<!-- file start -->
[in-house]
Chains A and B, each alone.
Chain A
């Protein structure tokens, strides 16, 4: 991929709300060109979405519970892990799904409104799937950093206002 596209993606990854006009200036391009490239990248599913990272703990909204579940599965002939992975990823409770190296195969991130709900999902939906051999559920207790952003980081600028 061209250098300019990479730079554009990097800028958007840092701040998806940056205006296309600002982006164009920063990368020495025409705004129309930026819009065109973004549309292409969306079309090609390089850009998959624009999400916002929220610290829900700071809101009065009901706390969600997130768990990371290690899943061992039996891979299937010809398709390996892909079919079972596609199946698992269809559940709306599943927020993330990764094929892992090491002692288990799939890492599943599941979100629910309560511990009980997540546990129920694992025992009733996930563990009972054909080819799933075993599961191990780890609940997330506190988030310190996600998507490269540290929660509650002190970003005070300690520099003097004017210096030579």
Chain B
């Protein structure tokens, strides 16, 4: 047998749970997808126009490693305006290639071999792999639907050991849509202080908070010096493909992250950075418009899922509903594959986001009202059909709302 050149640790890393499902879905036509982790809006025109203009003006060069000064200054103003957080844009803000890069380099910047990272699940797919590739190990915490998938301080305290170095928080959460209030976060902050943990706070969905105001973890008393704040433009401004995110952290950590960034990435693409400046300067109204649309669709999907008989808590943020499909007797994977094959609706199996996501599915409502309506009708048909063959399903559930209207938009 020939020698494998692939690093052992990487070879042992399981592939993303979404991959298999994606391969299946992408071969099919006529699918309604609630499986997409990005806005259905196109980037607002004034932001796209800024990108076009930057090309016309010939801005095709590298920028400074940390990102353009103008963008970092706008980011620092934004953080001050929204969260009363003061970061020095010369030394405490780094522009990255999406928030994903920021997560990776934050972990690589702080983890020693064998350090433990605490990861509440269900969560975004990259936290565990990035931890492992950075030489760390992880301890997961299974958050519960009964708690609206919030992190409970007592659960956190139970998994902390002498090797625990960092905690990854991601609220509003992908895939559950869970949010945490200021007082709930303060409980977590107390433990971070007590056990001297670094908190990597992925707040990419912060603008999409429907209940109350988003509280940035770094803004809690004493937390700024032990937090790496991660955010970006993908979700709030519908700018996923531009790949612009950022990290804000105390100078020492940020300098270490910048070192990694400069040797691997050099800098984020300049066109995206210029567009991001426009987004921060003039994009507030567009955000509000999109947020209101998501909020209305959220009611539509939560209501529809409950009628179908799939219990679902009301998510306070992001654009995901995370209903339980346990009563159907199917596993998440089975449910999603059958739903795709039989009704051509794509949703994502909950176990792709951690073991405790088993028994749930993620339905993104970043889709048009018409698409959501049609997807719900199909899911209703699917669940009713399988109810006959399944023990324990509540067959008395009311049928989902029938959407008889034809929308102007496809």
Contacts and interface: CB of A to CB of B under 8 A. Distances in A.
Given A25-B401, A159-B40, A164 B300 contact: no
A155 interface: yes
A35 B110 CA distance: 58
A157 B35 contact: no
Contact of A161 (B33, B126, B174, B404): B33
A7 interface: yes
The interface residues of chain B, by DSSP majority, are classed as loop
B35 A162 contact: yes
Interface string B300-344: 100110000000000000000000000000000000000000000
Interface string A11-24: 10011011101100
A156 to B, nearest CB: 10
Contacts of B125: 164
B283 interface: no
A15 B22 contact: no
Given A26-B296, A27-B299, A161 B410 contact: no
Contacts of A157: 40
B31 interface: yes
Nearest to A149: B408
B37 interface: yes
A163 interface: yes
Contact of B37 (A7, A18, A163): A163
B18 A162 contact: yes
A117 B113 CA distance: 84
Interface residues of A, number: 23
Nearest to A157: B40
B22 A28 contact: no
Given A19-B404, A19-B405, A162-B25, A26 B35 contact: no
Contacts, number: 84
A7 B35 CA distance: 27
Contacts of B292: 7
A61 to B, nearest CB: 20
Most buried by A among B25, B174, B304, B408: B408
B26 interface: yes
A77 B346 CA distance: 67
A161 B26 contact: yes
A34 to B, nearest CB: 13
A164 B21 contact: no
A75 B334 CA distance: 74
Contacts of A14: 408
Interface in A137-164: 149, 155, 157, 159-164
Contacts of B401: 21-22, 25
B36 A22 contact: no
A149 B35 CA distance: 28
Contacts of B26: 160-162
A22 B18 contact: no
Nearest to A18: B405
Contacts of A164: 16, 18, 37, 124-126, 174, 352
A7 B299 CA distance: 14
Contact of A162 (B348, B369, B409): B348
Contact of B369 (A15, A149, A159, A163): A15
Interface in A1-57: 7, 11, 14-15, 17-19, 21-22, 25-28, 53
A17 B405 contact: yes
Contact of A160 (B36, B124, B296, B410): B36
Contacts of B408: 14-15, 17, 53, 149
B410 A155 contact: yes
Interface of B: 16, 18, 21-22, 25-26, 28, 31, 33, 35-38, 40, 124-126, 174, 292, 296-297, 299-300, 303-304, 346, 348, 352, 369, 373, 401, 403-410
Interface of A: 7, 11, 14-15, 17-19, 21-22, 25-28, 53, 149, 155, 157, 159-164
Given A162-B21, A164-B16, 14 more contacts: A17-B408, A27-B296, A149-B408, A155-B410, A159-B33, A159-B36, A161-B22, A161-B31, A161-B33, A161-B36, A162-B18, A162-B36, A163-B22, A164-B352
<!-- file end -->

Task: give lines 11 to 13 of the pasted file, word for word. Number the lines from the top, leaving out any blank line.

A157 B35 contact: no
Contact of A161 (B33, B126, B174, B404): B33
A7 interface: yes